3. Pad bony areas with pillows when positioning
    4. Use a pillow under the calf or special padding to keep heels off the bed when lying on the back
    5. Position correctly in the chair
    6. Pad hands open with a rolled washcloth

Pressure sores occur in four stages (Pressure Sores, 2019):

  1. The skin becomes warm and red in the area covering the bone. This redness does not disappear after 15 minutes of pressure relief, and the skin has no break.
  2. An open wound appears in the form of a blister, which is red and painful.
  3. The skin breaks, and the wound drains through the top layer of the skin. The area surrounding the wound or blister is red, but the sore is no longer painful.
  4. The wound opens down to the muscle or bone and continues to drain. If the wound is not open, it may be covered by a black scab. The area around the wound will continue to be red.


If the patient needs help eating, treat him like an adult, give him choices, do not scold him for not eating or spilling, and do not rush mealtime. Encourage independence. Sit the person up with the head tilted slightly forward to help to swallow. Make sure dentures and glasses are used when eating if needed. Provide finger food if using a fork and spoon is hard. Cup your hand over the patient's hand to assist with eating. Bendable straws are useful when someone is drinking in bed. A thin sponge or nonslip pad will keep the plate from sliding around. Using divided plates or plates with rims helps in scooping food. Larger spoons and forks are easier to use.

When feeding a patient, sit on the strong side if the patient has had a stroke. Tell the patient what you are feeding him. The patient may need to be reminded to chew and swallow (Help with Eating, 2019).

If the appetite is poor or the patient refuses to eat, turn off the TV and reduce other distractions to help the patient focus on eating. Use smaller portions and limit the number of things on a plate. Appetite may improve when mealtime is enjoyable. Check for tooth pain, mouth pain, or denture problems if the patient suddenly stops eating.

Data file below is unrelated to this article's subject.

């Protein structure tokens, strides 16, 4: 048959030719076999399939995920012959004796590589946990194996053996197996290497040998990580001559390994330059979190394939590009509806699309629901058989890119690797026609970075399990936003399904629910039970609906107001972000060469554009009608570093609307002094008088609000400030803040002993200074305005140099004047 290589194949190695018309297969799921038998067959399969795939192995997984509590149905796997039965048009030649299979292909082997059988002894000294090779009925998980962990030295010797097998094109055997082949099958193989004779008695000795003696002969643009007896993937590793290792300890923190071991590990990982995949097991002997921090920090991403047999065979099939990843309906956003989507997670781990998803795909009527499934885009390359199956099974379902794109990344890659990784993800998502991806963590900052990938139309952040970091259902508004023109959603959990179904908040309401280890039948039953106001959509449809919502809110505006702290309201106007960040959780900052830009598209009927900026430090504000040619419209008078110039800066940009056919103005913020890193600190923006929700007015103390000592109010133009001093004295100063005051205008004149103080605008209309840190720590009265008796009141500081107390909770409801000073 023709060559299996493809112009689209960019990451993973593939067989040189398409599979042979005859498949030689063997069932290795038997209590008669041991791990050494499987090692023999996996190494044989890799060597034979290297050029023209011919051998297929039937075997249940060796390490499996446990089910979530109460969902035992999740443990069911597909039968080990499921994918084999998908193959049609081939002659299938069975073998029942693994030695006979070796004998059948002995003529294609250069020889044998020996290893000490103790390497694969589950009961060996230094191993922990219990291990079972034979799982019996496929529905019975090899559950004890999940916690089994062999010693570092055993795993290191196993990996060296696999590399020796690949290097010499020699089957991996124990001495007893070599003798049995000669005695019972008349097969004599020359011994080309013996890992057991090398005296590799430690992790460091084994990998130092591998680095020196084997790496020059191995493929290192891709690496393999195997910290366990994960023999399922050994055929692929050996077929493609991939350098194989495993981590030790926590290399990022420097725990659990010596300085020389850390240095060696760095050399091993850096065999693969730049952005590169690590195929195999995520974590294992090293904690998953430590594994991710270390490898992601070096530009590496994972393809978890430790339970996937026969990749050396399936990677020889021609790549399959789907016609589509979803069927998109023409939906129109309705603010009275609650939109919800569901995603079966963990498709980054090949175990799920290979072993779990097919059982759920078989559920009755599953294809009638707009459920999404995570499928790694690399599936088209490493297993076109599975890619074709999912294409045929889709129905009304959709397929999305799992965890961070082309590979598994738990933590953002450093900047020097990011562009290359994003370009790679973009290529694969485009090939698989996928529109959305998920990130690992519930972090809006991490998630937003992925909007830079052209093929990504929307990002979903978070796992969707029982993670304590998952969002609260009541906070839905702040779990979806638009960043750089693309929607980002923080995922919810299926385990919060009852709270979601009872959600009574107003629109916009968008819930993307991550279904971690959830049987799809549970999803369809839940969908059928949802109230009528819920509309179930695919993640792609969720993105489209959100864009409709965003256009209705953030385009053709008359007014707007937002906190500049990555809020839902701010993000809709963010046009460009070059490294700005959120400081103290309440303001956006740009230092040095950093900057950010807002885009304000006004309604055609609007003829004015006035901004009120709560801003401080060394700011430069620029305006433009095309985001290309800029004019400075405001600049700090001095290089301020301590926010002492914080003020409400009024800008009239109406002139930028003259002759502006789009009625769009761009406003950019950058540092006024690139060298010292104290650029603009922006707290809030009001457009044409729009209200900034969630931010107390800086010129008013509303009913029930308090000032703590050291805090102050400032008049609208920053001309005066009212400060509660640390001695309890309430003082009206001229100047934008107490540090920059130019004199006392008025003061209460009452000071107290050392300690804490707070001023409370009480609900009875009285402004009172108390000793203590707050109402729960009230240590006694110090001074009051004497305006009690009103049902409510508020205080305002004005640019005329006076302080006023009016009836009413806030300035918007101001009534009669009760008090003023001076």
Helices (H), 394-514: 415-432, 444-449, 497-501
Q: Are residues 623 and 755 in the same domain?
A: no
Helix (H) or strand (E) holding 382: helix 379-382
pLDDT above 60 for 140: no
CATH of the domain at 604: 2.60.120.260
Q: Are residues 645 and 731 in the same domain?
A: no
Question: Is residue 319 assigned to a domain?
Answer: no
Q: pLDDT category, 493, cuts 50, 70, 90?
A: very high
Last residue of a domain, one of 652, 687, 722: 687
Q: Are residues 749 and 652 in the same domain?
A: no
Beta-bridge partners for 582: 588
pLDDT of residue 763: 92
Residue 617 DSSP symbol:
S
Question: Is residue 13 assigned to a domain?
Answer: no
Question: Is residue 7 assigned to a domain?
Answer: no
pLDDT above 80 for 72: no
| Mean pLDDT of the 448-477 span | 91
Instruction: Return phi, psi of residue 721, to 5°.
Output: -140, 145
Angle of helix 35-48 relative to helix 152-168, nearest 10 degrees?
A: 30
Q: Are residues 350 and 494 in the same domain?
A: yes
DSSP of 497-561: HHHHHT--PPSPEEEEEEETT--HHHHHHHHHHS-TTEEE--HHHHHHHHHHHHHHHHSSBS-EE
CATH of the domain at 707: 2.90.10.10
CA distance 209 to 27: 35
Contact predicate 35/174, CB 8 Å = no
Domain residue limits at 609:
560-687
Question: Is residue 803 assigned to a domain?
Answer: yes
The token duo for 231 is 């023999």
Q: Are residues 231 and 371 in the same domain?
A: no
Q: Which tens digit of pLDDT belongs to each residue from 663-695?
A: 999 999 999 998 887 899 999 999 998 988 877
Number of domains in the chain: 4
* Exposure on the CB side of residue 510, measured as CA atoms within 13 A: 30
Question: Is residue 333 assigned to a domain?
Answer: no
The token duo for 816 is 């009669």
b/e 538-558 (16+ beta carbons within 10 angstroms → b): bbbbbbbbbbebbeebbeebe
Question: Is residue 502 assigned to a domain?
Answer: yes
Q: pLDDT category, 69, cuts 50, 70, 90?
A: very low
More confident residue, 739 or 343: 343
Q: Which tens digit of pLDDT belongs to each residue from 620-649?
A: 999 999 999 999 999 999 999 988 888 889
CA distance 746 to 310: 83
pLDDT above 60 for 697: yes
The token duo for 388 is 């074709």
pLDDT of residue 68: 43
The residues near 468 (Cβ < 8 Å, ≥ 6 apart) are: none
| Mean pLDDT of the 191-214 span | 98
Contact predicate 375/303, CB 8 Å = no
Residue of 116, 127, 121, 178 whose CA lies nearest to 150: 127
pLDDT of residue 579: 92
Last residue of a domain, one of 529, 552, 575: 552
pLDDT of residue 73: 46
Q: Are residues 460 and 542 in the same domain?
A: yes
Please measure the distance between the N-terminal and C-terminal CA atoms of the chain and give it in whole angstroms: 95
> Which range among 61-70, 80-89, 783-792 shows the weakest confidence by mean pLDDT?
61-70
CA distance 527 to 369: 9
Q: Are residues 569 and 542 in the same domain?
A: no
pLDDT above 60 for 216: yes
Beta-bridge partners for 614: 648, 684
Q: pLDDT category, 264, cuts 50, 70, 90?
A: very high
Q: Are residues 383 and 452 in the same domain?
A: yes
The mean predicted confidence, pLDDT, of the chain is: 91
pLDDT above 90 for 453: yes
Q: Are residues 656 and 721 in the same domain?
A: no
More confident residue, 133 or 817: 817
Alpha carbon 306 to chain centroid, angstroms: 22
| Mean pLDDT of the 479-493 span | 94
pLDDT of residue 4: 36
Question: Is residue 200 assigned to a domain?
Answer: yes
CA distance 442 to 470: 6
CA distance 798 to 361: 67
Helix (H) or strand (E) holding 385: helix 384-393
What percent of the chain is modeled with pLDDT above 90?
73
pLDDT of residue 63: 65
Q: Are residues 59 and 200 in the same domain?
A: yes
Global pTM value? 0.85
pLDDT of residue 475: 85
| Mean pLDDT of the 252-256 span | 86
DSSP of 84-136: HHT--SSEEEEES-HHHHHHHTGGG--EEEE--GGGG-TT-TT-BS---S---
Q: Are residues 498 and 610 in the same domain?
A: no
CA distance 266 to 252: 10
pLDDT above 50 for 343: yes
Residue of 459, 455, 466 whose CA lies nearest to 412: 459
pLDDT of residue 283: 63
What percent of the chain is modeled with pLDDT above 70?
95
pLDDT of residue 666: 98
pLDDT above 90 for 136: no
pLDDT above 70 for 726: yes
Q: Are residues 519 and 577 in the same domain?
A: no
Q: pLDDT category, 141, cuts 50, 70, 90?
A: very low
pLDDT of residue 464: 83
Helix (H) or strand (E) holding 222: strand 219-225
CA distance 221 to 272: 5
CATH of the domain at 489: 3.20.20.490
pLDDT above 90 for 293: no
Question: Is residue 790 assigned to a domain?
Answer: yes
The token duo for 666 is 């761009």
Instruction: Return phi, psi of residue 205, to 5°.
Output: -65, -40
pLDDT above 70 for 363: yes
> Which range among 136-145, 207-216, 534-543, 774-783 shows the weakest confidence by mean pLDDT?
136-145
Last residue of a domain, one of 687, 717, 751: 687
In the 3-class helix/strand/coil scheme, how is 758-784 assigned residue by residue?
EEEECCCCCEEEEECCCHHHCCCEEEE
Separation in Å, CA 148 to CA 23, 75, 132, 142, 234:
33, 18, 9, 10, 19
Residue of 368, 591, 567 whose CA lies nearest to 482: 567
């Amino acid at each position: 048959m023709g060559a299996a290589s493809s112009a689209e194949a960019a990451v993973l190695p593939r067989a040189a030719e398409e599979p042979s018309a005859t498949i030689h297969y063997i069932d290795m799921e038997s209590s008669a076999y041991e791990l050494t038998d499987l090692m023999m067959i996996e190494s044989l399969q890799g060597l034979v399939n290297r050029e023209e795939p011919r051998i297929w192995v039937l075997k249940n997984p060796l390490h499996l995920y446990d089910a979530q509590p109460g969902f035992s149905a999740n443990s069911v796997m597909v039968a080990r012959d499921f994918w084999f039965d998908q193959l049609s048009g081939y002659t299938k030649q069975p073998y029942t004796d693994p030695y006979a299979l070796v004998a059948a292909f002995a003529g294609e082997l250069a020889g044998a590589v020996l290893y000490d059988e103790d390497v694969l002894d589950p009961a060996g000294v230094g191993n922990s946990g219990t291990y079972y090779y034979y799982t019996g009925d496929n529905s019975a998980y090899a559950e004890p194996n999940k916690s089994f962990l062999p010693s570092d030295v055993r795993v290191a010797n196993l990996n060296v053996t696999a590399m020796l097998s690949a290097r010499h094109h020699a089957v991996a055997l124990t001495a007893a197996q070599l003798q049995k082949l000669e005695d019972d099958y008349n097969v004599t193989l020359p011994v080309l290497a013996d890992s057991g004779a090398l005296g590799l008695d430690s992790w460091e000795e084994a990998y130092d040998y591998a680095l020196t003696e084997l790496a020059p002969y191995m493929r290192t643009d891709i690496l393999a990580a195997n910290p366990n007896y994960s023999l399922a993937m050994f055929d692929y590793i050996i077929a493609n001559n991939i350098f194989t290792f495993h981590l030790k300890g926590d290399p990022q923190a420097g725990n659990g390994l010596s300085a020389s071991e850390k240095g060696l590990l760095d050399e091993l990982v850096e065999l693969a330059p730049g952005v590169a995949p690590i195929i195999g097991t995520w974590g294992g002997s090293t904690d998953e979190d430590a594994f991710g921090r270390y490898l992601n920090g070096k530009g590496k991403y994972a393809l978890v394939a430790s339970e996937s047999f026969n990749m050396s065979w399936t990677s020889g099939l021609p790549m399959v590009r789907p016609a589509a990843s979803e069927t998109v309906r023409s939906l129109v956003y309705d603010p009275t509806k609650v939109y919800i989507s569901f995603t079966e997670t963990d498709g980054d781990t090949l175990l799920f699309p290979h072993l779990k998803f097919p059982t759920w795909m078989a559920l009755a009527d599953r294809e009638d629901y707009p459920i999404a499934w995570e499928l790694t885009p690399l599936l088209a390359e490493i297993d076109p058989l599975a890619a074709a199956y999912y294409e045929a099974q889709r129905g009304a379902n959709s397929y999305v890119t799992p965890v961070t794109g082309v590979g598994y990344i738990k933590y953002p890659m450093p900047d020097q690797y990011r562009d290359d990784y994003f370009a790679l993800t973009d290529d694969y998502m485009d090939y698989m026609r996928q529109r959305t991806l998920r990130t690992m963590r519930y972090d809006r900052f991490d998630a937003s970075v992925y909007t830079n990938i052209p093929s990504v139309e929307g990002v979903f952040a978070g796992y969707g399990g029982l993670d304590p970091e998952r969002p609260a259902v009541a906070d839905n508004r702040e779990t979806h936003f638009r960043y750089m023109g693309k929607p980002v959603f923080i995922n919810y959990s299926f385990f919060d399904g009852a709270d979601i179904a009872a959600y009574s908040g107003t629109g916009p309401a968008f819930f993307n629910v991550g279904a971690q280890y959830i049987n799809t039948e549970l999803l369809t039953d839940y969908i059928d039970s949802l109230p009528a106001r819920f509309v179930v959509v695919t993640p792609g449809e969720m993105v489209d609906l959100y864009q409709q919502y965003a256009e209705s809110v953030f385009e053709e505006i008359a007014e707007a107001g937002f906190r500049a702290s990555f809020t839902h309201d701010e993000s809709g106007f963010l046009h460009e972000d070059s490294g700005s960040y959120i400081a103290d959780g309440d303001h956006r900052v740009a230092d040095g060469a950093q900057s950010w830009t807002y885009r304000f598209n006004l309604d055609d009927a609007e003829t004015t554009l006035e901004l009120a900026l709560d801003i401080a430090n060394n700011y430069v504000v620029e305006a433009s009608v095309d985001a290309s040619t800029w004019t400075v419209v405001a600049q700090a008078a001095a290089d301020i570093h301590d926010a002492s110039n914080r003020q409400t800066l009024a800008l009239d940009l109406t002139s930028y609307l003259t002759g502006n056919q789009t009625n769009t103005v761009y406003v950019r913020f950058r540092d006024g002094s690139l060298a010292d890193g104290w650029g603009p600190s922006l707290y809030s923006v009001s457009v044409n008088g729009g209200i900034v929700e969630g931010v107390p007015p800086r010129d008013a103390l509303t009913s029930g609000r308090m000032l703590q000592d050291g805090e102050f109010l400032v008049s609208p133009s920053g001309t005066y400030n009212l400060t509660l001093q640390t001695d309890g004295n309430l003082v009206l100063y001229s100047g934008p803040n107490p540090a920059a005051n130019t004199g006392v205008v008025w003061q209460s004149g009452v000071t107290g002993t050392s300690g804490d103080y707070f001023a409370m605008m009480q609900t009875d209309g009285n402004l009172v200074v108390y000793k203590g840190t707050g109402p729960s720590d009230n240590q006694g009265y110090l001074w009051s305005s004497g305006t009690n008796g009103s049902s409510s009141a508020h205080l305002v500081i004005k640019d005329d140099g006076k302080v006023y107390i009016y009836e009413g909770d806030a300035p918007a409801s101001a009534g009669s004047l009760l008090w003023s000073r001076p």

If the patient chokes easily or has trouble swallowing, check the care plan to see if you can feed the patient. If you are approved to provide tube feeding, follow your employer's policy and procedure.

Select one of the following methods to complete this course.

Take TestPass an exam testing your knowledge of the course material.
No TestDescribe how this course will impact your practice.

Implicit Bias Statement

CEUFast, Inc. is committed to furthering diversity, equity, and inclusion (DEI). While reflecting on this course content, CEUFast, Inc. would like you to consider your individual perspective and question your own biases. Remember, implicit bias is a form of bias that impacts our practice as healthcare professionals. Implicit bias occurs when we have automatic prejudices, judgments, and/or a general attitude towards a person or a group of people based on associated stereotypes we have formed over time. These automatic thoughts occur without our conscious knowledge and without our intentional desire to discriminate. The concern with implicit bias is that this can impact our actions and decisions with our workplace leadership, colleagues, and even our patients. While it is our universal goal to treat everyone equally, our implicit biases can influence our interactions, assessments, communication, prioritization, and decision-making concerning patients, which can ultimately adversely impact health outcomes. It is important to keep this in mind in order to intentionally work to self-identify our own risk areas where our implicit biases might influence our behaviors. Together, we can cease perpetuating stereotypes and remind each other to remain mindful to help avoid reacting according to biases that are contrary to our conscious beliefs and values.


  • Caregiving and housekeeping. (2019). National Caregivers Library. Visit Source.
  • Caregiving Basics. (2019). National Caregivers Library. Visit Source.
  • Galinsky, T., & Burnett, G. (2010). Strains, sprains, and pains in home healthcare: Working in an uncontrolled environment | | blogs | CDC. NIOSH Science Blog. Visit Source.
  • Healthy transfers. (2019). Na. Visit Source.
  • Help with eating. (2019). National Caregivers Library. Visit Source.
  • Helping with disabilities. (2019). National Caregivers Library. Visit Source.
  • Personal care: Grooming and dressing. (2019). National Caregivers Library. Visit Source.
  • Pressure sores. (2019). National Caregivers Library. Visit Source.
  • Toileting and incontinence. (2019). National Caregivers Library. Visit Source.